1. Increased Agrobacterium-mediated transformation and rooting efficiencies in canola (Brassica napus L.) from hypocotyl segment explants

    Science.gov (United States)

    Cardoza, V.; Stewart, C. N.

    2003-01-01

    An efficient protocol for the production of transgenic Brassica napus cv. Westar plants was developed by optimizing two important parameters: preconditioning time and co-cultivation time. Agrobacterium tumefaciens-mediated transformation was performed using hypocotyls as explant tissue. Two variants of a green fluorescent protein (GFP)-encoding gene--mGFP5-ER and eGFP--both under the constitutive expression of the cauliflower mosaic virus 35S promoter, were used for the experiments. Optimizing the preconditioning time to 72 h and co-cultivation time with Agrobacterium to 48 h provided the increase in the transformation efficiency from a baseline of 4% to 25%. With mGFP5-ER, the transformation rate was 17% and with eGFP it was 25%. Transgenic shoots were selected on 200 mg/l kanamycin. Rooting efficiency was 100% on half-strength Murashige and Skoog medium with 10 g/l sucrose and 0.5 mg/l indole butyric acid in the presence of kanamycin.

  2. Improved Agrobacterium-mediated transformation and high efficiency of root formation from hypocotyl meristem of spring Brassica napus 'Precocity' cultivar.

    Science.gov (United States)

    Liu, X X; Lang, S R; Su, L Q; Liu, X; Wang, X F

    2015-01-01

    Rape seed (Brassica napus L.) is one of the most important oil seed crops in the world. Genetic manipulation of rapeseed requires a suitable tissue culture system and an efficient method for plant regeneration, as well as an efficient transformation procedure. However, development of transgenic B. napus has been problematic, and current studies are limited to cultivated varieties. In this study, we report a protocol for regeneration of transgenic rape after Agrobacterium-mediated transformation of hypocotyls from the spring B. napus 'Precocity' cultivar. We analyzed the effects of plant growth regulators in the medium on regeneration. Additionally, factors affecting the transformation efficiency, including seedling age, Agrobacterium concentration, infection time, and co-cultivation time, were assessed by monitoring GUS expression. Results from these experiments revealed that transformation was optimized when the meristematic parts of the hypocotyls were taken from 8 day-old seedlings, cultured on Murashinge and Skoog basal media containing 0.1 mg/L 1-naphthaleneacetic acid and 2.5 mg/L 6-benzylaminopurine, and incubated in Agrobacterium suspension (OD600 = 0.5) for 3 to 5 min, followed by 2 days of co-cultivation. Integration of T-DNA into the plant genome was confirmed by polymerase chain reaction (PCR), b-glucuronidase histochemical staining, and quantitative real-time PCR. The protocols developed for regeneration, transformation, and rooting described in this study could help to accelerate the development of transgenic spring rape varieties with novel features. PMID:26681030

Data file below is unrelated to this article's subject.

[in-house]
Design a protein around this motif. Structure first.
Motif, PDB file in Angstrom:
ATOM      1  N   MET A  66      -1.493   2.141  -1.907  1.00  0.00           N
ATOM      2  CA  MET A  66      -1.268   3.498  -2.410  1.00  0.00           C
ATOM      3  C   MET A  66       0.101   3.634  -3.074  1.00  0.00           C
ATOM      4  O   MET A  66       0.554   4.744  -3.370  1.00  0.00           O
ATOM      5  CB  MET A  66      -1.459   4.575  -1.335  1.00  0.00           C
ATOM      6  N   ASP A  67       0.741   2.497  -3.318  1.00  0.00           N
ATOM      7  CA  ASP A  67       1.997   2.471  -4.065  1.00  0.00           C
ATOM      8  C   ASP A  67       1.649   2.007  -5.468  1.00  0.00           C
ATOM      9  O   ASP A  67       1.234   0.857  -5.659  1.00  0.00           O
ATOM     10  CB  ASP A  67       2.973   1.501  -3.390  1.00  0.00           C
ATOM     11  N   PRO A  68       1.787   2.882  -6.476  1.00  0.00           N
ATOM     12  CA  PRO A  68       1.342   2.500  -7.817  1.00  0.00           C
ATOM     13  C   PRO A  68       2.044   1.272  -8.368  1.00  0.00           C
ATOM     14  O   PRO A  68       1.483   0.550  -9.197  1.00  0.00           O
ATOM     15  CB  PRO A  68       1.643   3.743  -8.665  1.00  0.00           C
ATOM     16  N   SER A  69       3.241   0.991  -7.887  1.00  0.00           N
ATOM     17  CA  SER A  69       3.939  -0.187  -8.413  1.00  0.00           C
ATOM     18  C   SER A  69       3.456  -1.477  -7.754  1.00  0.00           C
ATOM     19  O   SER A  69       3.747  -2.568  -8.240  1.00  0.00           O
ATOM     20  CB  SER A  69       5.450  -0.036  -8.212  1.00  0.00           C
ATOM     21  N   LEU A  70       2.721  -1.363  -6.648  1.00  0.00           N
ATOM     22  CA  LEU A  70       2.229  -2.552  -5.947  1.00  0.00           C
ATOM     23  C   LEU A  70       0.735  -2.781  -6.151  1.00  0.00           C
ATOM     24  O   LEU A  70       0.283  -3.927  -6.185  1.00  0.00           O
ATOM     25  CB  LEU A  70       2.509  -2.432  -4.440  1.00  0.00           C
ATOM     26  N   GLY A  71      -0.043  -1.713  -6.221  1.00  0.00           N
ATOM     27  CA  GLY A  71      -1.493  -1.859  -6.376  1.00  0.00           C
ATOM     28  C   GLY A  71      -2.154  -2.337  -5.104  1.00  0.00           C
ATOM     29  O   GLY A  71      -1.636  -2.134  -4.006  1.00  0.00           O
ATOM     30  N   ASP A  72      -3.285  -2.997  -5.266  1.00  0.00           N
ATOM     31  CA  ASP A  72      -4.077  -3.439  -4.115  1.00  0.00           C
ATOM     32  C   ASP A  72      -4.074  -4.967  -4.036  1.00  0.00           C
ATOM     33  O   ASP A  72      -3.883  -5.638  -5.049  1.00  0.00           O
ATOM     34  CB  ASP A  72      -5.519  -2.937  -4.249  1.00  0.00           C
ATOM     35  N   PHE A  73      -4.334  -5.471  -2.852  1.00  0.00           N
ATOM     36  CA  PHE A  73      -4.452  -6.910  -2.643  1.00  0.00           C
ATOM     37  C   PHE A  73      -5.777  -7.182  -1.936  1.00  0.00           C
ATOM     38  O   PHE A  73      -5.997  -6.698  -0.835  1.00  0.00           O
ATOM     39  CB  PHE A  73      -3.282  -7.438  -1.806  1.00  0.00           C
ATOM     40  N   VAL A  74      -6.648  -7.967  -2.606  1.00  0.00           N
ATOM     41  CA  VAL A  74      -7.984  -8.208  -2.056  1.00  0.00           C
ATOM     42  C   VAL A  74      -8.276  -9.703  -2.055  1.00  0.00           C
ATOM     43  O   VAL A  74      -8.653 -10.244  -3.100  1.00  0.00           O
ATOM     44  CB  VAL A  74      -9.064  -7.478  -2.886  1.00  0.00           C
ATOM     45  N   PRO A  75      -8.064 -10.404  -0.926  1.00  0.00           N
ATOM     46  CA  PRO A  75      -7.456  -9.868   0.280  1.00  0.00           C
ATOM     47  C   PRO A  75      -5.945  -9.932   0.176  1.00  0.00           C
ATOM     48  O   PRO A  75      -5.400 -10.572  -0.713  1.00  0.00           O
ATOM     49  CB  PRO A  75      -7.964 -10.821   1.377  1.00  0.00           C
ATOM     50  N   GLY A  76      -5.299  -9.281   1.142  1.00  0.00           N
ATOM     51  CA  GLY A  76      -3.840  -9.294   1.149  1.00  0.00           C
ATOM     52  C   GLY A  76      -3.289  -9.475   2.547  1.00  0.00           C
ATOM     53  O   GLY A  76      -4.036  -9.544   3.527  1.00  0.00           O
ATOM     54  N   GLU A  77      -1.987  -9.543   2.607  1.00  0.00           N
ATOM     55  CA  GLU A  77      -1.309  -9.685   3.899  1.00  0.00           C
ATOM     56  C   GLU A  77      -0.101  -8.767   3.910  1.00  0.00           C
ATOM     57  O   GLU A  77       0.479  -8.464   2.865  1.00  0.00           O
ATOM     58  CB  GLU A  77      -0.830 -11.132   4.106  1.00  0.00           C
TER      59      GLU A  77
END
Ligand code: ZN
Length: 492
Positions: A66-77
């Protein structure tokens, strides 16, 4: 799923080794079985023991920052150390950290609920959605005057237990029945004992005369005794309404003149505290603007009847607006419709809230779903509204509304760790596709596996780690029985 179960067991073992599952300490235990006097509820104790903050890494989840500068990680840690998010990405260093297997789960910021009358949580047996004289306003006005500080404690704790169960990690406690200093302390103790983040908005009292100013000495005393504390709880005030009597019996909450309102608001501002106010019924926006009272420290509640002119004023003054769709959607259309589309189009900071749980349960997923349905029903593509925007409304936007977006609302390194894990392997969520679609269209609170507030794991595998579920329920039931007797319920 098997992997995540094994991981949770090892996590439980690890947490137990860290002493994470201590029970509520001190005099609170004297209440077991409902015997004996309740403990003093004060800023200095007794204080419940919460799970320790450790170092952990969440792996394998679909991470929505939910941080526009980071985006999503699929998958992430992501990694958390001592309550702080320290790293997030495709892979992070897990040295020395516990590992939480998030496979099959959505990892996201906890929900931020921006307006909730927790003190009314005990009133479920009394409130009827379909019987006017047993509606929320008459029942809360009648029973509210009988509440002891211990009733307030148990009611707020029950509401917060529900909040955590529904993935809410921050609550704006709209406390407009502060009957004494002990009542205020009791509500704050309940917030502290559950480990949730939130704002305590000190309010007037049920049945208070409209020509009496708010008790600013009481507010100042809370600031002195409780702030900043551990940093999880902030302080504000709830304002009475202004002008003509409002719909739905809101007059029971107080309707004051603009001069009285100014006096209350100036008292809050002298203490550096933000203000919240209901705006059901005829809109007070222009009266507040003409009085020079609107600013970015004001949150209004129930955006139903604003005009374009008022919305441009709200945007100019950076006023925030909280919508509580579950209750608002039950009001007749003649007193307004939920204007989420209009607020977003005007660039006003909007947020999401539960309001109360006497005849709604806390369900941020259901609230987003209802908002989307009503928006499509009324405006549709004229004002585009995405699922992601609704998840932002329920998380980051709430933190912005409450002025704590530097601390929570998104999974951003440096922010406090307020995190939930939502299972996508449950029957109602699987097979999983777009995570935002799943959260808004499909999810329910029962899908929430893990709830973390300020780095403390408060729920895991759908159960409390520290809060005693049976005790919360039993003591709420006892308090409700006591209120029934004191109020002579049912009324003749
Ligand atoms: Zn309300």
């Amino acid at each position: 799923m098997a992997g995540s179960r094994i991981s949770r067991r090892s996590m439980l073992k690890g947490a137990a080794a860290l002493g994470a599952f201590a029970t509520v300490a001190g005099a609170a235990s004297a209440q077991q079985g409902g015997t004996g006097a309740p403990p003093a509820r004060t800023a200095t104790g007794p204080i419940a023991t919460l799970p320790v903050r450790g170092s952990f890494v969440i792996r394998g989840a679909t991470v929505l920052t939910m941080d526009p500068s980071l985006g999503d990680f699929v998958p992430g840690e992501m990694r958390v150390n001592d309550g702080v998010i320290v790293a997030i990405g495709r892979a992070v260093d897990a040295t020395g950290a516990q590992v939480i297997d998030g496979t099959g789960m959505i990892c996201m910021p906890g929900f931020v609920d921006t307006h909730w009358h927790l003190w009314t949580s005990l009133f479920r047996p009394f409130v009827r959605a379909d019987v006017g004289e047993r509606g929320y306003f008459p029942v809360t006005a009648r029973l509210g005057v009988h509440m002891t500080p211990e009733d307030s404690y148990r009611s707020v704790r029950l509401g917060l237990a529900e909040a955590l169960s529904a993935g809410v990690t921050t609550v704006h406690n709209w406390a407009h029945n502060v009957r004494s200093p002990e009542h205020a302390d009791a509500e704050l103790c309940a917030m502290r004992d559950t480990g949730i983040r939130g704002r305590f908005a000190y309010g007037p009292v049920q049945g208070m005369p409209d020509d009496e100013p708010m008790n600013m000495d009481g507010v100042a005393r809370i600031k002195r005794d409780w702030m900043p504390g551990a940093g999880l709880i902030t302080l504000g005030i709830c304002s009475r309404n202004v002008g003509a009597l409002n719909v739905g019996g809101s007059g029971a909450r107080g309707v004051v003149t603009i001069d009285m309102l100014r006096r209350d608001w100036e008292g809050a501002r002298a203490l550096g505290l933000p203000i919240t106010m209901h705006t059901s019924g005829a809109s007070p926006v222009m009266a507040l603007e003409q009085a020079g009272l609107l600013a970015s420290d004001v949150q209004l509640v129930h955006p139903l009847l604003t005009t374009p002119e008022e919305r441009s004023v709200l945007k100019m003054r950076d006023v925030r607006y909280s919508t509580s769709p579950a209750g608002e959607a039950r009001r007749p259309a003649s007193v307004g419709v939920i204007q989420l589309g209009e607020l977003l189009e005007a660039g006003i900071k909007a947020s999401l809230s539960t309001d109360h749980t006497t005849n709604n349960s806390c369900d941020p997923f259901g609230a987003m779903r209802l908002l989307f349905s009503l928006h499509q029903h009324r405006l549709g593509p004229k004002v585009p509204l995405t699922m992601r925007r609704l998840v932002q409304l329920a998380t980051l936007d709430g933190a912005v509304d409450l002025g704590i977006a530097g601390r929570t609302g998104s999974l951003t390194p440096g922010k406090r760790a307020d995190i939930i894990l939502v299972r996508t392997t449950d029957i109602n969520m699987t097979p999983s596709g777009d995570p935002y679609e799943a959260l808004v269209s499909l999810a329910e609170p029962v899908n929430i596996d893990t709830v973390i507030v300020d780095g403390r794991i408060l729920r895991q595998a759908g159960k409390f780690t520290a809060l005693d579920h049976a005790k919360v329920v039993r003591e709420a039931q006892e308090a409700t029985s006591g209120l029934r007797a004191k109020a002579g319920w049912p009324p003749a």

3. Identification and EST Sequence Analysis of Polymorphic EST-SSRs Between Chinese Cabbage (Brassica rapa) and Cabbage (Brassica oleracea)%大白菜与结球甘蓝多态性EST-SSRs标记筛选及其EST序列分析

    Institute of Scientific and Technical Information of China (English)

    石丽娟; 许愿超; 秦艳梅; 顾爱侠; 赵建军; 申书兴; 王彦华; 王玉海

    2015-01-01